Saturday, May 21, 2011

Margie

My favorite aunt was the black sheep of the family. Not that there was any reason particularly why that was the case. The only thing I knew was that maybe Margie had called CPS on my grandmother when my mom and her were teenagers.

Of course, the implication at the time was that Margie was just trying to make trouble for Grandma. Or maybe it was the belief that life wouldn't be any better away from her. Maybe just maybe it would be worse. Still it was Margie's fault that the powers that be looked at the family and we all knew what a big sin that was.

Yet, one little sentence about Margie's wrong doing was all I ever got. Loaded with all that innuendo. It never put me off. I loved Margie. She was bigger than life, beautiful, funny and she cared about me.

I didn't care for her family much. She had three boys. They were wild, destructive. One even torched a garage. Can't remember if it was the neighbor's or their own. Clearly they were a family in crisis.

I heard stories about her controlling husband. Possessive, jealous, with a bad temper yet wanting her to be in the limelight and then maybe beating her for it. But I was young. I didn't understand the implications of all these things. All I knew was the couple of times I remember staying with my aunt I felt special even if her bratty boys picked on me. Being seen in her eyes somehow made me important, at least to her.

I dont' know when Margie went away. Maybe after the kids were grown. I just know she was moved off and had no contact with the family. She had a problem with booze but then all of them did, only she was the one that got pointed out.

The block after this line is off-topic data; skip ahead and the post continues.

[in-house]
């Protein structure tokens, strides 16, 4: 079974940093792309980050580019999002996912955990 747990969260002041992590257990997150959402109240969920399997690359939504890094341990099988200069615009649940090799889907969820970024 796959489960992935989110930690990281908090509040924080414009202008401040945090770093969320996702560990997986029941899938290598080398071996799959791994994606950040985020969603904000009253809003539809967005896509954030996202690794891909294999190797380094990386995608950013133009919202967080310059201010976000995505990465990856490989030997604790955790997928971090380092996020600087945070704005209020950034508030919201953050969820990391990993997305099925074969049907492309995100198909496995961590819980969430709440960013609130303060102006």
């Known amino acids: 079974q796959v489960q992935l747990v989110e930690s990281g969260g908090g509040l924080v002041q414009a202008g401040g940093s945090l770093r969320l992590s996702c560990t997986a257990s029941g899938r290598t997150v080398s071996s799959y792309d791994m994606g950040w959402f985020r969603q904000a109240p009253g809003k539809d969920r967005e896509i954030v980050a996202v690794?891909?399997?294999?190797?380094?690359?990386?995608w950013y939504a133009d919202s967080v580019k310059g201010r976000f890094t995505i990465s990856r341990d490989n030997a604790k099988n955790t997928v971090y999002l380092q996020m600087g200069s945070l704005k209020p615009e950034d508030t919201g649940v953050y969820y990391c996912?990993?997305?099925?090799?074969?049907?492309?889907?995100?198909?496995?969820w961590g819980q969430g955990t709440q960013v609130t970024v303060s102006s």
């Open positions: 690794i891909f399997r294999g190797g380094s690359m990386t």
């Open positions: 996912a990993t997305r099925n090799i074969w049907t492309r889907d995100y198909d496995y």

Margie got heavy, very heavy. Her beautiful model's body lost under layers and layers of fat. I remember her face was so distorted I hardly recognized her. It was her laugh that confirmed for me it really was my beloved Margie.

She would be ostracized for a while, years sometimes. Then she suddenly reappear and I'd be so glad to see her. I never knew what or why she was come and gone only that she was. Still I worshiped that woman. I wanted to be like her. I wanted to be beautiful and funny.

I didn't care that the family considered her to be the black sheep. She was a queen to me. Probably because she cared about me, or I thought she did. Who really knows with her disappearing like that for years at a time but it never changed my feelings about her.

I don't' even know what happened to Aunt Margie. All I know is I ended up like her in a way I hadn't figured. I ended up the black sheep of the family. The one who told secrets. The one ostracized. The one spoken about in illicit terms.

I'll bet my siblings refer to me in the same terms as Margie got. Nothing specific anyone could put a finger on. Heck, if you did that, it might be possible to find the truth. No, the implication of secret unthinkable things has so much more power to keep one pushed off in a corner and ignored. For the first time in my life I understand why I never knew what Margie did or said for sure but with all I've been through I can certainly imagine. Makes me love her even more. Guess Margie and I were kindred spirits. I just didn't get it at the time.